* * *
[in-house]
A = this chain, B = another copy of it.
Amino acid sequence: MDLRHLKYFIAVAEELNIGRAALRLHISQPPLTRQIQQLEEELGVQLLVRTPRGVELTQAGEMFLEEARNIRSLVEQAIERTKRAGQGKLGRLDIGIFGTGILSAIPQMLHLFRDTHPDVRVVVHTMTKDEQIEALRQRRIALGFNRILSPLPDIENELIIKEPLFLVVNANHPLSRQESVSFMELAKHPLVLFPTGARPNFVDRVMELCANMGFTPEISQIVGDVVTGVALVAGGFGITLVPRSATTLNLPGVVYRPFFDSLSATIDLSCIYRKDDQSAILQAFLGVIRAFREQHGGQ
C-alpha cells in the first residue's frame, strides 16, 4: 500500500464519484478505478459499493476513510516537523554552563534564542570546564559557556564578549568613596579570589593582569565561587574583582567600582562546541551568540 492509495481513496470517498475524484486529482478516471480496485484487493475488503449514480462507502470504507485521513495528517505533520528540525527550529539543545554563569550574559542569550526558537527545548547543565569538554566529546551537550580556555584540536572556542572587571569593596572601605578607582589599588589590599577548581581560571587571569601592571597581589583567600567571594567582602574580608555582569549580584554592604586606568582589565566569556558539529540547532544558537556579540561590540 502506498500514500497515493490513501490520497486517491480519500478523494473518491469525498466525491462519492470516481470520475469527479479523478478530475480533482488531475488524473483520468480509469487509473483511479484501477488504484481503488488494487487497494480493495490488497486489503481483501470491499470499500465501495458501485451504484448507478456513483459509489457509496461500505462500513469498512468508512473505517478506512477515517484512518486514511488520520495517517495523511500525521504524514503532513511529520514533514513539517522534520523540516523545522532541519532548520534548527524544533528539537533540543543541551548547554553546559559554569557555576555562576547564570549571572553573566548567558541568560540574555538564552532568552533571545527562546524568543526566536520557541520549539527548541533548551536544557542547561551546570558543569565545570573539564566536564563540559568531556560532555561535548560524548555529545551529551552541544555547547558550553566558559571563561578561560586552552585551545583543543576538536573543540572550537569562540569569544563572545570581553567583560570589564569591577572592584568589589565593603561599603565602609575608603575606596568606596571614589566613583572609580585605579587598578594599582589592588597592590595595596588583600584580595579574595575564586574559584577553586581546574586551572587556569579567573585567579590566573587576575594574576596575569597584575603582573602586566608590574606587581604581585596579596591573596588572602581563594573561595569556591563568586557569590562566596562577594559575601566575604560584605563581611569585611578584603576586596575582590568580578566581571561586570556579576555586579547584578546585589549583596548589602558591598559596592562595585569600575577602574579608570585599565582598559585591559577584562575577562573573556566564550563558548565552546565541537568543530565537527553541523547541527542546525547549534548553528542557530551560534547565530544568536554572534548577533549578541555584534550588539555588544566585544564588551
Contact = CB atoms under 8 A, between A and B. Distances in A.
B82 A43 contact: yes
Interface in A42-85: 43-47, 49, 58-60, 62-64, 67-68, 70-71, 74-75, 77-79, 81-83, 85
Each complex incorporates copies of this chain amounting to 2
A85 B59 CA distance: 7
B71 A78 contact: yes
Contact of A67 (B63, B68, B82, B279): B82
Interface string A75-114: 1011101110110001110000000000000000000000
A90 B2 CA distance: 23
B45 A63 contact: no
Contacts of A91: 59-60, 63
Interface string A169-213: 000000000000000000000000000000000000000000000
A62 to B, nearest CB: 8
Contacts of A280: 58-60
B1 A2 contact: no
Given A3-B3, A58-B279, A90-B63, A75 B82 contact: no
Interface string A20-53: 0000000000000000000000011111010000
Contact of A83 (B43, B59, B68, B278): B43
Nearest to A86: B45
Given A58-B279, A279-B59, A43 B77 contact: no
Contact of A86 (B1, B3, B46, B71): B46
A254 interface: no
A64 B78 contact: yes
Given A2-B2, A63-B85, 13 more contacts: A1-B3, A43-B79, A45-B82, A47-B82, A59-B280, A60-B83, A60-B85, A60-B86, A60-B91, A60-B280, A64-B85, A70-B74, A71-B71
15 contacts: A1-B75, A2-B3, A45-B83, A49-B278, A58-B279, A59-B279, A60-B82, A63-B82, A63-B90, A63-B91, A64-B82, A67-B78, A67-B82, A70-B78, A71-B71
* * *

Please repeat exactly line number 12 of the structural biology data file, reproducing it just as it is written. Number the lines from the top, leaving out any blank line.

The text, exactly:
Interface string A75-114: 1011101110110001110000000000000000000000